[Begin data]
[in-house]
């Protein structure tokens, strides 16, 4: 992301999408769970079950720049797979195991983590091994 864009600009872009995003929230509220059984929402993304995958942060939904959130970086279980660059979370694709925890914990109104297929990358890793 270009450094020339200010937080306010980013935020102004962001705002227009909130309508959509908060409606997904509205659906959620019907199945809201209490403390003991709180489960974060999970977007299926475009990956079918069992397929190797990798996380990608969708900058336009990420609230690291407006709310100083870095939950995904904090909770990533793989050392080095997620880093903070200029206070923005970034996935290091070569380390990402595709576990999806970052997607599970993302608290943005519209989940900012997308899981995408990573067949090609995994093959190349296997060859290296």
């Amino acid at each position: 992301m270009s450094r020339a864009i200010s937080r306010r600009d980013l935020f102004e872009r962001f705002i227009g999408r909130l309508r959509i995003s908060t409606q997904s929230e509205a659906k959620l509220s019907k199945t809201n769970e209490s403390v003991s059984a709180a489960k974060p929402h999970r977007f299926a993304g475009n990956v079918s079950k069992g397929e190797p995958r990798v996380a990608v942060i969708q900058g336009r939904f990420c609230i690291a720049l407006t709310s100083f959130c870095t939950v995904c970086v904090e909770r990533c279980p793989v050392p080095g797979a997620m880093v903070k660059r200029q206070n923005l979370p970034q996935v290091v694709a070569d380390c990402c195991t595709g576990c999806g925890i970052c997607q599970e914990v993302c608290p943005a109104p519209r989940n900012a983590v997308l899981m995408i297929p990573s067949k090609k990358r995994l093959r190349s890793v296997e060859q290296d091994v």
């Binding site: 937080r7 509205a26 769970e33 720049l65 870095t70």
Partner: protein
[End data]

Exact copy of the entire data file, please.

[in-house]
């Protein structure tokens, strides 16, 4: 992301999408769970079950720049797979195991983590091994 864009600009872009995003929230509220059984929402993304995958942060939904959130970086279980660059979370694709925890914990109104297929990358890793 270009450094020339200010937080306010980013935020102004962001705002227009909130309508959509908060409606997904509205659906959620019907199945809201209490403390003991709180489960974060999970977007299926475009990956079918069992397929190797990798996380990608969708900058336009990420609230690291407006709310100083870095939950995904904090909770990533793989050392080095997620880093903070200029206070923005970034996935290091070569380390990402595709576990999806970052997607599970993302608290943005519209989940900012997308899981995408990573067949090609995994093959190349296997060859290296």
């Amino acid at each position: 992301m270009s450094r020339a864009i200010s937080r306010r600009d980013l935020f102004e872009r962001f705002i227009g999408r909130l309508r959509i995003s908060t409606q997904s929230e509205a659906k959620l509220s019907k199945t809201n769970e209490s403390v003991s059984a709180a489960k974060p929402h999970r977007f299926a993304g475009n990956v079918s079950k069992g397929e190797p995958r990798v996380a990608v942060i969708q900058g336009r939904f990420c609230i690291a720049l407006t709310s100083f959130c870095t939950v995904c970086v904090e909770r990533c279980p793989v050392p080095g797979a997620m880093v903070k660059r200029q206070n923005l979370p970034q996935v290091v694709a070569d380390c990402c195991t595709g576990c999806g925890i970052c997607q599970e914990v993302c608290p943005a109104p519209r989940n900012a983590v997308l899981m995408i297929p990573s067949k090609k990358r995994l093959r190349s890793v296997e060859q290296d091994v």
């Binding site: 937080r7 509205a26 769970e33 720049l65 870095t70």
Partner: protein